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10 Steps to Negotiate Like a Pro

Published on: November 15, 2022

two business people shaking hands

In the words of business negotiation expert Chester Karrass, “In business, you don't get what you deserve; you get what you negotiate.” When it comes to buying and selling, establishing the terms of contract agreements and fostering productive business partnerships, you cannot overestimate the incredible power of the art of negotiation.

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What Is Negotiation? 

The Australian government agency Business Queensland provides an exceptionally apt and succinct definition of negotiation as “a process where two or more parties with different needs and goals discuss an issue to find a mutually acceptable solution.”

In the business world and elsewhere, negotiation generally involves a significant amount of “give and take,” during which all parties offer concessions that mean little to them while protecting benefits that provide them the most significant advantage. Ideally, all concessions offered will greatly benefit the parties that receive them. The ultimate goal of most negotiations is achieving a “win-win” scenario in which all parties leave the negotiation table happy. 

Why Negotiation Is Important

While most people know that negotiation skills are valuable, far fewer understand why. Business Queensland specifically identifies relationship building, long-term solution development and problem avoidance as the primary advantages of effective negotiation.  Harvard Law School builds on this list through its Program on Negotiation, contending that negation “holds the key to getting ahead in the workplace, resolving conflicts and creating value in contracts.”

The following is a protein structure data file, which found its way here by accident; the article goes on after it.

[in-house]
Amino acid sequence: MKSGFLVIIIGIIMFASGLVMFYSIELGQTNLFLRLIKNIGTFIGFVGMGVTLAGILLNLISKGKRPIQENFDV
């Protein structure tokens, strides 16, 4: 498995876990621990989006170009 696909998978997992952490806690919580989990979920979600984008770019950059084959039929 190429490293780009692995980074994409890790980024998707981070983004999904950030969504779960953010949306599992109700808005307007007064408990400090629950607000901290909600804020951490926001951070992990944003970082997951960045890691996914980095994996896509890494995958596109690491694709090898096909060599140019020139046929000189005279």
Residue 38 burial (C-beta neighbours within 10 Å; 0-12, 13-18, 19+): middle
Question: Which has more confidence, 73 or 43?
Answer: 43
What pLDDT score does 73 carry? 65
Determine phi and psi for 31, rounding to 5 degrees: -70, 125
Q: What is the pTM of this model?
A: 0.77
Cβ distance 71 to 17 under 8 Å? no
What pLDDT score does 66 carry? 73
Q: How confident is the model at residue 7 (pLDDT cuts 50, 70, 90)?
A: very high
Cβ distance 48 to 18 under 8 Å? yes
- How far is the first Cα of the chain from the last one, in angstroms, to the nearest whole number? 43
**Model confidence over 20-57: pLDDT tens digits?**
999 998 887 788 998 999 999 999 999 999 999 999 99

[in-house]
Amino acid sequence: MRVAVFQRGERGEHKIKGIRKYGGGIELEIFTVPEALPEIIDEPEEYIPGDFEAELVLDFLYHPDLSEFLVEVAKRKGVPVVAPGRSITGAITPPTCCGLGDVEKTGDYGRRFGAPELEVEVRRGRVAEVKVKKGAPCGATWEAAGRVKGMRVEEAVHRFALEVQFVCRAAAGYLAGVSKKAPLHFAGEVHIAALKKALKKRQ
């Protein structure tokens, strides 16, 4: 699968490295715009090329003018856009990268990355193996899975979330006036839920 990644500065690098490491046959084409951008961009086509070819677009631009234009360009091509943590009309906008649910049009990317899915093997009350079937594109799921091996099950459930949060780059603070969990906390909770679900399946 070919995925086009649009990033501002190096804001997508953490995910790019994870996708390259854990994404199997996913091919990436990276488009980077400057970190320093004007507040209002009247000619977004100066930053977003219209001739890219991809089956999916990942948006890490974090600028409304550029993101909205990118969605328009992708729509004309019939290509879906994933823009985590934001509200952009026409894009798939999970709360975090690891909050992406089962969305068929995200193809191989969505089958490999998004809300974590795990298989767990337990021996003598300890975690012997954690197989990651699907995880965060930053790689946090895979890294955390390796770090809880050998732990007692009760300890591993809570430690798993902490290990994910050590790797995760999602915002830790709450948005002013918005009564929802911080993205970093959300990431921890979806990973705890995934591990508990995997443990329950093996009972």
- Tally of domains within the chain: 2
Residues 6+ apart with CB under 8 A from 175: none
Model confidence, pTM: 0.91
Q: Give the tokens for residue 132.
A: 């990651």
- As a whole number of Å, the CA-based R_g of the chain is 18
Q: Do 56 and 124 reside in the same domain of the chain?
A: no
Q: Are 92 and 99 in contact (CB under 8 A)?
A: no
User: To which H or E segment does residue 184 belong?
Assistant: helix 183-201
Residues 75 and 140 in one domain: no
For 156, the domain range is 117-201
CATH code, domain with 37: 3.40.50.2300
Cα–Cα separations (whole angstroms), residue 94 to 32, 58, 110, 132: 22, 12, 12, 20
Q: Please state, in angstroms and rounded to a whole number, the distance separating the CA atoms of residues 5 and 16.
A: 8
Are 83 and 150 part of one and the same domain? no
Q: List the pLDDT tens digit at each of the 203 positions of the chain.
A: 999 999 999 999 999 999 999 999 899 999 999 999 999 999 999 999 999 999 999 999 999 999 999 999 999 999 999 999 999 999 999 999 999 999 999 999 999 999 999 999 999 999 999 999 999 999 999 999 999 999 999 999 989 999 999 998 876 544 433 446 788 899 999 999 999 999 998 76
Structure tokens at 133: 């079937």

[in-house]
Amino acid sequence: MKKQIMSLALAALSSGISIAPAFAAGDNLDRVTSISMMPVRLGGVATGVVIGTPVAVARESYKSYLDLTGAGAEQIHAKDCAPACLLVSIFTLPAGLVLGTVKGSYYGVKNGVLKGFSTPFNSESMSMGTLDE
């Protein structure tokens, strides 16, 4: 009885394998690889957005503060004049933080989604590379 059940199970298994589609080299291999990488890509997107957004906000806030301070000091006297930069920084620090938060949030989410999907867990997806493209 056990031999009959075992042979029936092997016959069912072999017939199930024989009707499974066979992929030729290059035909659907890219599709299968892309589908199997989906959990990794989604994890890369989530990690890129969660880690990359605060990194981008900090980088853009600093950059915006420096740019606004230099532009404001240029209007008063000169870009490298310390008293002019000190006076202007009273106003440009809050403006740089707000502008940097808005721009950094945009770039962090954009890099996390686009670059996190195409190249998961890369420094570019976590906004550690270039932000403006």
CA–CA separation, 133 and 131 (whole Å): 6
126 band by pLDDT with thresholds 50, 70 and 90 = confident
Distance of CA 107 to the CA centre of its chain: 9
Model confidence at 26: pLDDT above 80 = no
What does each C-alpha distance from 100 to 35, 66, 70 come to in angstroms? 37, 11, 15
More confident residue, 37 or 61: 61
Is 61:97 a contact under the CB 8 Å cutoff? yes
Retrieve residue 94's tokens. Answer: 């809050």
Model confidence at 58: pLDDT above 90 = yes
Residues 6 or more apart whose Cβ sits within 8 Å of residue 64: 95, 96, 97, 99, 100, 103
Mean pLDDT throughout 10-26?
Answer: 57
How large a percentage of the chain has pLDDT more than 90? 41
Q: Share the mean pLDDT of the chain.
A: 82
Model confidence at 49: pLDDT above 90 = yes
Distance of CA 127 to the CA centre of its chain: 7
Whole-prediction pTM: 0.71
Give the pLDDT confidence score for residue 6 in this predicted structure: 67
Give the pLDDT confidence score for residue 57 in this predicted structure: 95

These various key advantages demonstrate why negotiation has long been an essential, ubiquitous and unavoidable part of overall business operations. It has always been true and probably always will be: successful business leaders are generally exceptional negotiators.

Different Types of Negotiation Styles

Business experts have identified five basic negotiation styles closely related to the well-established Thomas-Kilmann conflict management styles from the world of behavioral psychology. Relatively self-explanatory, these negotiation styles are accommodating, avoiding, collaborating, compromising and competing. During the typical negotiation process, the parties involved will often employ many, if not all, of these styles at specific times to accomplish particular ends.